Sources: Vortex tampering was to get customers on, off faster
Posted October 31, 2013
Raleigh, N.C. — A week after five people were injured on a midway ride at the North Carolina State Fair, investigators continued Thursday to question people in the case and determine whether more criminal charges are warranted.
The Vortex, known for its wild twirls and flips, had stopped, and people were getting off last Thursday night when the ride started moving again, dropping some unsecured passengers 20 feet or so onto the metal floor.
Wake County Sheriff Donnie Harrison said that, after inspecting the ride, investigators determined it had been tampered with and a safety mechanism designed to keep the ride from moving when the restraint bars weren't locked in place had been disabled.
People close to the investigation said Thursday that the tampering wasn't malicious but was only a shortcut to make the process of getting people on and off the ride easier.
Investigators are trying to determine whether someone ordered the tampering, who actually did it and who knew about it, sources said.
Ride operator Timothy Dwayne Tutterrow, 46, of Quitman, Ga., was arrested last weekend on three counts of assault with a deadly weapon and is being held without bond in the Wake County jail.
Tutterrow accompanied investigators to the State Fairgrounds Tuesday afternoon and appeared to be trying to help them as they examined the Vortex.
The Wake County Sheriff's Office has kept the ride at the fairgrounds as a crime scene, erecting a fence around it in recent days to preserve any evidence.
"I would expect they would be very thorough in conducting this investigation," said Zachary Bolithio, a professor at Campbell University's Norman Adrian Wiggins School of Law and a former federal prosecutor.
WRAL News has learned that, while the Vortex is operated by Valdosta, Ga.-based Family Attractions Amusement Co., it is owned by Josh Macaroni, the son of Family Attractions founder Dominic Macaroni. The ride was first brought to the U.S. last spring after operating in Europe for several years.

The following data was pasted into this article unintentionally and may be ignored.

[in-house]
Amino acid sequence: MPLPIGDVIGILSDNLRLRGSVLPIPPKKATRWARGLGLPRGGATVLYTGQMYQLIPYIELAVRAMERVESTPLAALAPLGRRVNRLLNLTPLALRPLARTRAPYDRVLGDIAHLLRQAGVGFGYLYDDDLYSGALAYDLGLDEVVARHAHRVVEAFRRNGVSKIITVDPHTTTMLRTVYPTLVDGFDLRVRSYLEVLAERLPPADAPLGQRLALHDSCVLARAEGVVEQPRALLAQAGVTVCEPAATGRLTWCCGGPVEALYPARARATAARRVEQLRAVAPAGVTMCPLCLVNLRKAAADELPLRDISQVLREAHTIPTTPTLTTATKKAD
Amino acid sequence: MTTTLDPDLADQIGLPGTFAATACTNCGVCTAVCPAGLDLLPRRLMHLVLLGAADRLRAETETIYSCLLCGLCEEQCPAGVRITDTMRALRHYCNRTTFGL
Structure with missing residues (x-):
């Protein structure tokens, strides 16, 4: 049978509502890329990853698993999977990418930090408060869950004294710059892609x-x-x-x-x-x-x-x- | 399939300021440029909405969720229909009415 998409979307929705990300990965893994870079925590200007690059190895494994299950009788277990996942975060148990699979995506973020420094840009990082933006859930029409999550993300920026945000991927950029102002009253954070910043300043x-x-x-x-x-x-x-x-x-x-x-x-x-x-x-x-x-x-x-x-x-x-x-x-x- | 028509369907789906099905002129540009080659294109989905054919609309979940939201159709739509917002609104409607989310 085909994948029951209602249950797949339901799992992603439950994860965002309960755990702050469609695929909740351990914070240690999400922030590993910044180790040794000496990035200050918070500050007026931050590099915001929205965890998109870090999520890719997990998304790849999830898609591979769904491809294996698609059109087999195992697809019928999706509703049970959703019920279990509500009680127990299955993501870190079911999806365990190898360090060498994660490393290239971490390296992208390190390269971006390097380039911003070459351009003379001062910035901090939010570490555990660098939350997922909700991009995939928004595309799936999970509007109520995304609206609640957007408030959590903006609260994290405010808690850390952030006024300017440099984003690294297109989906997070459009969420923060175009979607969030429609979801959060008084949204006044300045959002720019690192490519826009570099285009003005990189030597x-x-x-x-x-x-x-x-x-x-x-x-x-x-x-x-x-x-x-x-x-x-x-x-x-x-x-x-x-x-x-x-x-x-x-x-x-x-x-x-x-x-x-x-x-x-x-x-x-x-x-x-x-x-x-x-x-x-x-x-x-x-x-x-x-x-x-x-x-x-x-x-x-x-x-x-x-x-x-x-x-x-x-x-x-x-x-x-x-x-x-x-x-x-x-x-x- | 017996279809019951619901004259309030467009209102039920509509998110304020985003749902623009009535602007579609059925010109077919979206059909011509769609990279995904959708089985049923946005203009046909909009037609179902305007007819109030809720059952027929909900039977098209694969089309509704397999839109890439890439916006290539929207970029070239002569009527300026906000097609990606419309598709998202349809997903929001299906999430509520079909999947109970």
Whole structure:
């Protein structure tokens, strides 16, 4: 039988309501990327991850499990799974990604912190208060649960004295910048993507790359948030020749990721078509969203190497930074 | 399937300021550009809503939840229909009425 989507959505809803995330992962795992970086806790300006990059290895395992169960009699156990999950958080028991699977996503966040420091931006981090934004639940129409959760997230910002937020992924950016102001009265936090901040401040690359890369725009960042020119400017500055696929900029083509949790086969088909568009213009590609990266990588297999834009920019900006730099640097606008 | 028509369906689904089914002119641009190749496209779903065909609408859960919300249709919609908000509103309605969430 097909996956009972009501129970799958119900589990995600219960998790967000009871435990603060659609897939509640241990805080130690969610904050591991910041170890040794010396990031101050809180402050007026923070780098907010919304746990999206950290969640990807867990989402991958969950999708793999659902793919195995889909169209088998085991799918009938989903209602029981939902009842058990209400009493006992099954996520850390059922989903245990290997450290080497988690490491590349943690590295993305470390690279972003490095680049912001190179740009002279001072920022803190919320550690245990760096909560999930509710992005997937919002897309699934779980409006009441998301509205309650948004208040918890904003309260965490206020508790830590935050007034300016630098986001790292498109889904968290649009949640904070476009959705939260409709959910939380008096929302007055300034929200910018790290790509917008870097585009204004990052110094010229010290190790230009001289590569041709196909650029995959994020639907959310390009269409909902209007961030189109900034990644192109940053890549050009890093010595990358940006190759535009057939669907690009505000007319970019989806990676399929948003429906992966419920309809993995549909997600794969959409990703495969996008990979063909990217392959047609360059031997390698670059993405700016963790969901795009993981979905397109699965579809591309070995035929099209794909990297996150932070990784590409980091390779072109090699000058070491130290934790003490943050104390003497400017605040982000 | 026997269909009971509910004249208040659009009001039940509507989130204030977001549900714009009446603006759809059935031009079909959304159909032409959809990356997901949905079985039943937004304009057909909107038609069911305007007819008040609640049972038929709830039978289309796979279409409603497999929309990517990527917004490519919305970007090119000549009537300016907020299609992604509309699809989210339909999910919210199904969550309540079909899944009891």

Documents obtained from the state Department of Agriculture and Consumer Services, which oversees the State Fair, show that the Vortex was one of 29 rides classified as "spectacular" at the event. Fair contractor Powers Great American Midways' contract with the state called for supplying at least 28 spectacular rides each day of the fair or risk $5,000 daily fines.
Even with the Vortex out of commission during the last three days of the fair, Powers never fell below the minimum number and wasn't penalized.
Three of the people injured on the Vortex remain hospitalized, but their conditions are unknown.
Bolithio, who has been following the case, said that if any of them don't survive, the charges against Tutterrow will be upgraded.
"There would be a number of other options available to prosecutors at that point. The most serious charge would probably be second-degree murder," he said.
Harrison has said that other people could be charged in the case.
"If there's anybody who aided in any way, they could be charged as an aider or abettor with the crime," Bolithio said. "Others who weren't there who may have ordered (the tampering) or been involved in any planning could be charged with a conspiracy offense or with being an accessory to the crime."